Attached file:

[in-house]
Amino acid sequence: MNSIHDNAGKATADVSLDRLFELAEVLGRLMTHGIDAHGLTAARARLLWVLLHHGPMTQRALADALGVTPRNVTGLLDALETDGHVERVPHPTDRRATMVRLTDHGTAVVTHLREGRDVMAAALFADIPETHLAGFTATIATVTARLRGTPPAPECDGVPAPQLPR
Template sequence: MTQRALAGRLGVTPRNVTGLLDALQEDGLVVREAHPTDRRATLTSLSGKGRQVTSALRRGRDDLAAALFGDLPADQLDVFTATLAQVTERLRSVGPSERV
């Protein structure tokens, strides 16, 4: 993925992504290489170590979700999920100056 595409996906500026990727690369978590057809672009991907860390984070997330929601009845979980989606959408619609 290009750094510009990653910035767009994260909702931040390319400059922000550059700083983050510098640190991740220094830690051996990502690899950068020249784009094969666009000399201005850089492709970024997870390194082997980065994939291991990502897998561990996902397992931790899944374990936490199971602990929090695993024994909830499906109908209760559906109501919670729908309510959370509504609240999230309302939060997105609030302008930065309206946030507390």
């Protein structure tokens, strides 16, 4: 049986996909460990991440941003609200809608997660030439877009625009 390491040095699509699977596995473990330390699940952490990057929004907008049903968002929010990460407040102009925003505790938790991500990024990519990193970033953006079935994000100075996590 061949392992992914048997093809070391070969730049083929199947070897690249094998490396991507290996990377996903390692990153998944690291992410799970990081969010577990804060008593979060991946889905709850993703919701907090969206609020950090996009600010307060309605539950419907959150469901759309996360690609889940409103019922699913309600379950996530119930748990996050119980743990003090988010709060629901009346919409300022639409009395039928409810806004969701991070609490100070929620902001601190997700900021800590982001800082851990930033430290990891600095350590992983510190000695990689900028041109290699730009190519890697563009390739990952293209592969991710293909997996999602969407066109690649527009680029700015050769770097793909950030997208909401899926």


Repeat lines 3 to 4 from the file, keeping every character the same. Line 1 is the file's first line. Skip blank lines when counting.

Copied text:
Template sequence: MTQRALAGRLGVTPRNVTGLLDALQEDGLVVREAHPTDRRATLTSLSGKGRQVTSALRRGRDDLAAALFGDLPADQLDVFTATLAQVTERLRSVGPSERV
């Protein structure tokens, strides 16, 4: 993925992504290489170590979700999920100056 595409996906500026990727690369978590057809672009991907860390984070997330929601009845979980989606959408619609 290009750094510009990653910035767009994260909702931040390319400059922000550059700083983050510098640190991740220094830690051996990502690899950068020249784009094969666009000399201005850089492709970024997870390194082997980065994939291991990502897998561990996902397992931790899944374990936490199971602990929090695993024994909830499906109908209760559906109501919670729908309510959370509504609240999230309302939060997105609030302008930065309206946030507390």